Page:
Author + information
- Received June 7, 2018
- Accepted June 12, 2018
- Published online September 3, 2018.
- Johannes B. van Rees, MDa,∗ (, )
- Jose M. Montero-Cabezas, MDa,
- Eidrees Ghariq, MDb and
- Martin J. Schalij, MDa
- aDepartment of Cardiology, Leiden University Medical Center, Leiden, the Netherlands
- bDepartment of Radiology, Leiden University Medical Center, Leiden, the Netherlands
- ↵∗Address for correspondence:
Dr. Johannes B. van Rees, Department of Cardiology, Leiden University Medical Center, Albinusdreef 2, Leiden, Zuid-Holland 2300 RC, the Netherlands.
A 53-year-old woman presented with ventricular fibrillation secondary to acute myocardial infarction. She was immediately transferred to the catheterization laboratory for coronary angiography. Due to weak pulsations of the right femoral artery, a fluoroscopic-guided puncture was performed, and, with difficulty, a 6-F sheath was inserted into the right femoral artery. Percutaneous coronary intervention of the anterolateral coronary artery and right coronary artery was performed with 2 drug-eluting stents. Control cine angiography of the vascular access revealed a hypoplastic right femoral artery with no distal flow beyond the sheath and a laterally located, well-developed artery continuing the internal iliac artery, being the dominant artery supplying the leg (Figure 1). After the procedure, the sheath was removed, and hemostasis was achieved by manual compression. A computed tomography scan showed the presence of a persistent right sciatic artery with an incompletely developed right femoral artery. At the puncture site, a small pseudoaneurysm was observed. In addition, the origin of the left iliac artery was severely stenotic (Figure 1).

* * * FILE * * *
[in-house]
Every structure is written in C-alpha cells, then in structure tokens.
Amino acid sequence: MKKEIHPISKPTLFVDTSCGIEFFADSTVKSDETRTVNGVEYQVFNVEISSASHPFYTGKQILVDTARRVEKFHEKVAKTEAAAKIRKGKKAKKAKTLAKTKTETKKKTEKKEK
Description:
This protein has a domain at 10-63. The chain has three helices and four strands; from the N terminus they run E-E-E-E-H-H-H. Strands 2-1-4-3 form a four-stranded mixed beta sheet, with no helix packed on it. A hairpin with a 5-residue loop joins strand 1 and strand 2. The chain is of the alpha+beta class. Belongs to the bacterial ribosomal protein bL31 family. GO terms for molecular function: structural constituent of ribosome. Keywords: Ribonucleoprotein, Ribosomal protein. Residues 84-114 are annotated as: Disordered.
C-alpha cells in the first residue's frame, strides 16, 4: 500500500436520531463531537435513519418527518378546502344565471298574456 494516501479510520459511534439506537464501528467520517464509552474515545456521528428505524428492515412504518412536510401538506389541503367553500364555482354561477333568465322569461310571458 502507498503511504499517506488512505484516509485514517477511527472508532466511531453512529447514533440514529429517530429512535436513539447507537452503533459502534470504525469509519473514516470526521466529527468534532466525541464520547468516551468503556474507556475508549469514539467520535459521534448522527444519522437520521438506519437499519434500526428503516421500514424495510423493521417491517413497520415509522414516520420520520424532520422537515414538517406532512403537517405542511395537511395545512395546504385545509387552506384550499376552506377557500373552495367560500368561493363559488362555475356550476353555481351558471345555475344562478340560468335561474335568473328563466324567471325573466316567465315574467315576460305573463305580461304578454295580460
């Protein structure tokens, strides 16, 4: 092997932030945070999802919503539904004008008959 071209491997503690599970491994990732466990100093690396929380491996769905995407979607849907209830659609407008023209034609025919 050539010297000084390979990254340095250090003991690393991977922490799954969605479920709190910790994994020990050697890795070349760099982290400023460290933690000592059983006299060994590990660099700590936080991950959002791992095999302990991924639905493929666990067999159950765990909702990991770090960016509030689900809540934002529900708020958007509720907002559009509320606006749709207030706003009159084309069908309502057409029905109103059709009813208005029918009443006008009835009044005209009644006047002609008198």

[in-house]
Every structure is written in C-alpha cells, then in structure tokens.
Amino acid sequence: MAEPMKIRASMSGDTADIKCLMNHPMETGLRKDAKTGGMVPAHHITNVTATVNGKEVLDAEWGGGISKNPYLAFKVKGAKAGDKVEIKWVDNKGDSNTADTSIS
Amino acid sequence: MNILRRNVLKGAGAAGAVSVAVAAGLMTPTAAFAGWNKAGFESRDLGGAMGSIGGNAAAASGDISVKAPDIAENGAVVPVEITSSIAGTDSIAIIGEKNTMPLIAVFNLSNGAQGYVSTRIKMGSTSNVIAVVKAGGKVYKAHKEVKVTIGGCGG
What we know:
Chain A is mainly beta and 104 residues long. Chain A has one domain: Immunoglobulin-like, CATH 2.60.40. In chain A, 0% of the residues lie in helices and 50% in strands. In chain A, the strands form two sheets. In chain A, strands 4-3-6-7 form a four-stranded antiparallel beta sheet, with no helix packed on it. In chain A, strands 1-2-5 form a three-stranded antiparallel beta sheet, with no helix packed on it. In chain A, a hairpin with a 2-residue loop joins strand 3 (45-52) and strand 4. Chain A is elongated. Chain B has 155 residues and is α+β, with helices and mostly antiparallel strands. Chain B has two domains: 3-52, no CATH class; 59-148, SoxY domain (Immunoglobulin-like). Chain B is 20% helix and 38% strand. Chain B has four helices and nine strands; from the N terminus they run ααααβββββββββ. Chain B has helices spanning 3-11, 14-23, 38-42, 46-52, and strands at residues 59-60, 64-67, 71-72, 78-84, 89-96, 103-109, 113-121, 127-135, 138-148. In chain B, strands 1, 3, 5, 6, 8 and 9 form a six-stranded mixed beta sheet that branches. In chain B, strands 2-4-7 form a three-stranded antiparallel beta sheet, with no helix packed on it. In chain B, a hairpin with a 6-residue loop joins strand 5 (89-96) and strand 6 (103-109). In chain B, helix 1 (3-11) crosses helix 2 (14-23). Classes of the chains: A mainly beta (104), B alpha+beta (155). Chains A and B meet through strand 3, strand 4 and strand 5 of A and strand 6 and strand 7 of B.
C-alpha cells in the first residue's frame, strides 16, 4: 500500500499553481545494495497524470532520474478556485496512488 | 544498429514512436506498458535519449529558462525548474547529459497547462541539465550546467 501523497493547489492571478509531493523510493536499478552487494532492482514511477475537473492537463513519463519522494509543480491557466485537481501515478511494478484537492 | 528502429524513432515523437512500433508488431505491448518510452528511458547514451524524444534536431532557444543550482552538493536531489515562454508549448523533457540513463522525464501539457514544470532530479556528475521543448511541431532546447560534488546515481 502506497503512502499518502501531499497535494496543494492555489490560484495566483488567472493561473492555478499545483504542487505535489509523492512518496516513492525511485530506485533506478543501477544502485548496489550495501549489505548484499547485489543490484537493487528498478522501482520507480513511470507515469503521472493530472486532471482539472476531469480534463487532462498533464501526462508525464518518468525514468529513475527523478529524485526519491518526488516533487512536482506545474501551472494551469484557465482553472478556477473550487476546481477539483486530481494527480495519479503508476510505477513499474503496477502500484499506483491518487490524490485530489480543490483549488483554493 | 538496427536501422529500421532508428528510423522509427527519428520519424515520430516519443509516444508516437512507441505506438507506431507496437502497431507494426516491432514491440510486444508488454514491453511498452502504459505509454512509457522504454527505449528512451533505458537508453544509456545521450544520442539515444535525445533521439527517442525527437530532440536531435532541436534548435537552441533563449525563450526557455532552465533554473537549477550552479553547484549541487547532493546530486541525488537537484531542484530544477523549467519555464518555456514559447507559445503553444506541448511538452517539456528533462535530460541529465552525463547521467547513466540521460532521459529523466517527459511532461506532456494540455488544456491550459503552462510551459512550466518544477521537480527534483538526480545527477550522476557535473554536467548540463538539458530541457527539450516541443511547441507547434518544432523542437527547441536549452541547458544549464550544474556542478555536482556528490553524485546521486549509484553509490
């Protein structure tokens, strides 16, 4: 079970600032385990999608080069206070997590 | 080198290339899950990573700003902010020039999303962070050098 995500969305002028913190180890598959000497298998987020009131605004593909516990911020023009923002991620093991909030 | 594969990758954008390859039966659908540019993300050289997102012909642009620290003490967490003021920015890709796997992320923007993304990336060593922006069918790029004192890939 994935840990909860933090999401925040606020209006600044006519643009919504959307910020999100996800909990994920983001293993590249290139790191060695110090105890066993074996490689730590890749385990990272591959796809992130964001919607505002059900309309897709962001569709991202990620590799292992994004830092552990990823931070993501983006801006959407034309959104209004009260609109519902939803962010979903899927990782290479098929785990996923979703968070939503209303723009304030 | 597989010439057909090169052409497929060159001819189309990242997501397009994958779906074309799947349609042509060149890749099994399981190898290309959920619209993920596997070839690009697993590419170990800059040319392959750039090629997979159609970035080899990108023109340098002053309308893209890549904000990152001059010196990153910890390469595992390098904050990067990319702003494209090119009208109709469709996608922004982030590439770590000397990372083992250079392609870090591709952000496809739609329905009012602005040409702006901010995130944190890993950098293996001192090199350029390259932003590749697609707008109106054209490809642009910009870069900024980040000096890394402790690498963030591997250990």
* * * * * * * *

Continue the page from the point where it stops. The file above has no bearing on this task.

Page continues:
The sciatic artery is a branch of the umbilical artery and develops into a common and superficial femoral artery during the early embryogenic phase (1). A persistent sciatic artery is a rare anomaly and results from lack of regression of the fetal arterial blood supply, being unilateral in 70%. Five different types have been described. In subtype 2a, as in the current case, the superficial femoral artery is present but does not reach the popliteal artery (2). Persistent sciatic artery is associated with a high incidence of complications, ranging from atherosclerosis to aneurysms (2).
The authors have reported that they have no relationships relevant to the contents of this paper to disclose.
- Received June 7, 2018.
- Accepted June 12, 2018.
- 2018 American College of Cardiology Foundation